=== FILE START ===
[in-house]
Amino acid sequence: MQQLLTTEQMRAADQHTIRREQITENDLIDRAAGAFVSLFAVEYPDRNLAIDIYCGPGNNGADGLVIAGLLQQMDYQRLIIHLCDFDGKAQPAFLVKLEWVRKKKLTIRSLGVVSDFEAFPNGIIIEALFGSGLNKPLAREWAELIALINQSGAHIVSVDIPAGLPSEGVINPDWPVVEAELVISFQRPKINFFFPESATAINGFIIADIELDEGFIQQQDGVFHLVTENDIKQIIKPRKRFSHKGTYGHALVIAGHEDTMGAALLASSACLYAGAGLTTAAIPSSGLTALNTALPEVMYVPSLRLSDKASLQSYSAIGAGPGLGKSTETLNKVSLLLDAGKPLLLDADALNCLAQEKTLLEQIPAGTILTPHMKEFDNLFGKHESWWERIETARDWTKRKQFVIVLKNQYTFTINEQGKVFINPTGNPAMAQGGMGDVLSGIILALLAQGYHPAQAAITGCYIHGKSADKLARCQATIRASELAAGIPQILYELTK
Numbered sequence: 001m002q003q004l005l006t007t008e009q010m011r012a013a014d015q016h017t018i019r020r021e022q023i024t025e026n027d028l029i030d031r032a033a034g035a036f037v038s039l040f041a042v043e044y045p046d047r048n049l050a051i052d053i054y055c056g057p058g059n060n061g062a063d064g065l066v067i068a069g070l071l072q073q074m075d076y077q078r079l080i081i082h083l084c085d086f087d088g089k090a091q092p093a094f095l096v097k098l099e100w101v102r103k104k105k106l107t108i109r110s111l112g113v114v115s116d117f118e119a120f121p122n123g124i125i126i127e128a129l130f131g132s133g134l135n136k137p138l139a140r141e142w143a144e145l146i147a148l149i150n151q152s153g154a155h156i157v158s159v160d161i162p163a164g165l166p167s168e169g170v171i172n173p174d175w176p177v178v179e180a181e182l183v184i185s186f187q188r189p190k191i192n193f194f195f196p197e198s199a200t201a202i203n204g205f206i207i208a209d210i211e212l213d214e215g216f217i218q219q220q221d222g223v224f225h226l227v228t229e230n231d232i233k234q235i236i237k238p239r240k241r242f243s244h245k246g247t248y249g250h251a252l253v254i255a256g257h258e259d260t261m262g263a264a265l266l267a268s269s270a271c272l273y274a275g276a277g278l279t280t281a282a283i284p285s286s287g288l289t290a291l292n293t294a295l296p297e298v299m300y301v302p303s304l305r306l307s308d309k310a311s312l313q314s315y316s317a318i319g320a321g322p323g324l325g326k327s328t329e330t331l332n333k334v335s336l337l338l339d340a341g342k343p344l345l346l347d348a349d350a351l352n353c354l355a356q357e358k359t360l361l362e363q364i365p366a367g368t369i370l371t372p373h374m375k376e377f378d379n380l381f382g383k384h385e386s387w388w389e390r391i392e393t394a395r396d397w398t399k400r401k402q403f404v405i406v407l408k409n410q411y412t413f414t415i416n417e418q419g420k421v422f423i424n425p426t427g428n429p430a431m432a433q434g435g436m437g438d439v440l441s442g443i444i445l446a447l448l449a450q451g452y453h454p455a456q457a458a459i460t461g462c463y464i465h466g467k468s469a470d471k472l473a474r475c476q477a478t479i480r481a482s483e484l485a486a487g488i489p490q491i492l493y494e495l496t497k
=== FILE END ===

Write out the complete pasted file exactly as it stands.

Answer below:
[in-house]
Amino acid sequence: MQQLLTTEQMRAADQHTIRREQITENDLIDRAAGAFVSLFAVEYPDRNLAIDIYCGPGNNGADGLVIAGLLQQMDYQRLIIHLCDFDGKAQPAFLVKLEWVRKKKLTIRSLGVVSDFEAFPNGIIIEALFGSGLNKPLAREWAELIALINQSGAHIVSVDIPAGLPSEGVINPDWPVVEAELVISFQRPKINFFFPESATAINGFIIADIELDEGFIQQQDGVFHLVTENDIKQIIKPRKRFSHKGTYGHALVIAGHEDTMGAALLASSACLYAGAGLTTAAIPSSGLTALNTALPEVMYVPSLRLSDKASLQSYSAIGAGPGLGKSTETLNKVSLLLDAGKPLLLDADALNCLAQEKTLLEQIPAGTILTPHMKEFDNLFGKHESWWERIETARDWTKRKQFVIVLKNQYTFTINEQGKVFINPTGNPAMAQGGMGDVLSGIILALLAQGYHPAQAAITGCYIHGKSADKLARCQATIRASELAAGIPQILYELTK
Numbered sequence: 001m002q003q004l005l006t007t008e009q010m011r012a013a014d015q016h017t018i019r020r021e022q023i024t025e026n027d028l029i030d031r032a033a034g035a036f037v038s039l040f041a042v043e044y045p046d047r048n049l050a051i052d053i054y055c056g057p058g059n060n061g062a063d064g065l066v067i068a069g070l071l072q073q074m075d076y077q078r079l080i081i082h083l084c085d086f087d088g089k090a091q092p093a094f095l096v097k098l099e100w101v102r103k104k105k106l107t108i109r110s111l112g113v114v115s116d117f118e119a120f121p122n123g124i125i126i127e128a129l130f131g132s133g134l135n136k137p138l139a140r141e142w143a144e145l146i147a148l149i150n151q152s153g154a155h156i157v158s159v160d161i162p163a164g165l166p167s168e169g170v171i172n173p174d175w176p177v178v179e180a181e182l183v184i185s186f187q188r189p190k191i192n193f194f195f196p197e198s199a200t201a202i203n204g205f206i207i208a209d210i211e212l213d214e215g216f217i218q219q220q221d222g223v224f225h226l227v228t229e230n231d232i233k234q235i236i237k238p239r240k241r242f243s244h245k246g247t248y249g250h251a252l253v254i255a256g257h258e259d260t261m262g263a264a265l266l267a268s269s270a271c272l273y274a275g276a277g278l279t280t281a282a283i284p285s286s287g288l289t290a291l292n293t294a295l296p297e298v299m300y301v302p303s304l305r306l307s308d309k310a311s312l313q314s315y316s317a318i319g320a321g322p323g324l325g326k327s328t329e330t331l332n333k334v335s336l337l338l339d340a341g342k343p344l345l346l347d348a349d350a351l352n353c354l355a356q357e358k359t360l361l362e363q364i365p366a367g368t369i370l371t372p373h374m375k376e377f378d379n380l381f382g383k384h385e386s387w388w389e390r391i392e393t394a395r396d397w398t399k400r401k402q403f404v405i406v407l408k409n410q411y412t413f414t415i416n417e418q419g420k421v422f423i424n425p426t427g428n429p430a431m432a433q434g435g436m437g438d439v440l441s442g443i444i445l446a447l448l449a450q451g452y453h454p455a456q457a458a459i460t461g462c463y464i465h466g467k468s469a470d471k472l473a474r475c476q477a478t479i480r481a482s483e484l485a486a487g488i489p490q491i492l493y494e495l496t497k